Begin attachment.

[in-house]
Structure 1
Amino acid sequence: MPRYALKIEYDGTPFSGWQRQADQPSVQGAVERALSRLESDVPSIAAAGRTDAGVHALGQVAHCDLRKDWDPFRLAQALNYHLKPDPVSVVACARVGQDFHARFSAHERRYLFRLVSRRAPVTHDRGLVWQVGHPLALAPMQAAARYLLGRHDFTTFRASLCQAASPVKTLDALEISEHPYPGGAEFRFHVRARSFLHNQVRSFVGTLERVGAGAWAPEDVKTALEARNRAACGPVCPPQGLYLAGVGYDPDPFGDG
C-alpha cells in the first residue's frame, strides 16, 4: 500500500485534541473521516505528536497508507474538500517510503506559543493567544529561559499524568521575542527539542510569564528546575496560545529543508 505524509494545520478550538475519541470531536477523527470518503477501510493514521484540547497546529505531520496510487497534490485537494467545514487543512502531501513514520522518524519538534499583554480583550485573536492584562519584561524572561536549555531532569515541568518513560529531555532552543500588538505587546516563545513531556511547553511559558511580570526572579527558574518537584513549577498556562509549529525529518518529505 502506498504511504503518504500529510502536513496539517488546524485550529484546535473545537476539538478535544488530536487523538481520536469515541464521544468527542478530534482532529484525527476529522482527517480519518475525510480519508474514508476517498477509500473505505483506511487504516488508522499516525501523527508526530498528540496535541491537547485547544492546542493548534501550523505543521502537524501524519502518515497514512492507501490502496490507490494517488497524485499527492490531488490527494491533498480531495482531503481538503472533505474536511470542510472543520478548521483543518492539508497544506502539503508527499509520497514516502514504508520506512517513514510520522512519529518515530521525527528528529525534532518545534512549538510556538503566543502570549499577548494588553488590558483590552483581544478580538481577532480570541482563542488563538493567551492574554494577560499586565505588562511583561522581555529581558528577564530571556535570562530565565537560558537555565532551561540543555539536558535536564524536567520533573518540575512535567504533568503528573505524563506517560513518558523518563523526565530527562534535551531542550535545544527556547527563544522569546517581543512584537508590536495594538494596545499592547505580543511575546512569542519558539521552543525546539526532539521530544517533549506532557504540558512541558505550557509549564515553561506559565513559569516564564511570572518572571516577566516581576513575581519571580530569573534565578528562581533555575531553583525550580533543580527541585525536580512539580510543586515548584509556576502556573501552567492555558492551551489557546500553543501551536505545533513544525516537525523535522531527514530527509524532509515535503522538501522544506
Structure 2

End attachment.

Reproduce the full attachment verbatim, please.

[in-house]
Structure 1
Amino acid sequence: MPRYALKIEYDGTPFSGWQRQADQPSVQGAVERALSRLESDVPSIAAAGRTDAGVHALGQVAHCDLRKDWDPFRLAQALNYHLKPDPVSVVACARVGQDFHARFSAHERRYLFRLVSRRAPVTHDRGLVWQVGHPLALAPMQAAARYLLGRHDFTTFRASLCQAASPVKTLDALEISEHPYPGGAEFRFHVRARSFLHNQVRSFVGTLERVGAGAWAPEDVKTALEARNRAACGPVCPPQGLYLAGVGYDPDPFGDG
C-alpha cells in the first residue's frame, strides 16, 4: 500500500485534541473521516505528536497508507474538500517510503506559543493567544529561559499524568521575542527539542510569564528546575496560545529543508 505524509494545520478550538475519541470531536477523527470518503477501510493514521484540547497546529505531520496510487497534490485537494467545514487543512502531501513514520522518524519538534499583554480583550485573536492584562519584561524572561536549555531532569515541568518513560529531555532552543500588538505587546516563545513531556511547553511559558511580570526572579527558574518537584513549577498556562509549529525529518518529505 502506498504511504503518504500529510502536513496539517488546524485550529484546535473545537476539538478535544488530536487523538481520536469515541464521544468527542478530534482532529484525527476529522482527517480519518475525510480519508474514508476517498477509500473505505483506511487504516488508522499516525501523527508526530498528540496535541491537547485547544492546542493548534501550523505543521502537524501524519502518515497514512492507501490502496490507490494517488497524485499527492490531488490527494491533498480531495482531503481538503472533505474536511470542510472543520478548521483543518492539508497544506502539503508527499509520497514516502514504508520506512517513514510520522512519529518515530521525527528528529525534532518545534512549538510556538503566543502570549499577548494588553488590558483590552483581544478580538481577532480570541482563542488563538493567551492574554494577560499586565505588562511583561522581555529581558528577564530571556535570562530565565537560558537555565532551561540543555539536558535536564524536567520533573518540575512535567504533568503528573505524563506517560513518558523518563523526565530527562534535551531542550535545544527556547527563544522569546517581543512584537508590536495594538494596545499592547505580543511575546512569542519558539521552543525546539526532539521530544517533549506532557504540558512541558505550557509549564515553561506559565513559569516564564511570572518572571516577566516581576513575581519571580530569573534565578528562581533555575531553583525550580533543580527541585525536580512539580510543586515548584509556576502556573501552567492555558492551551489557546500553543501551536505545533513544525516537525523535522531527514530527509524532509515535503522538501522544506
Structure 2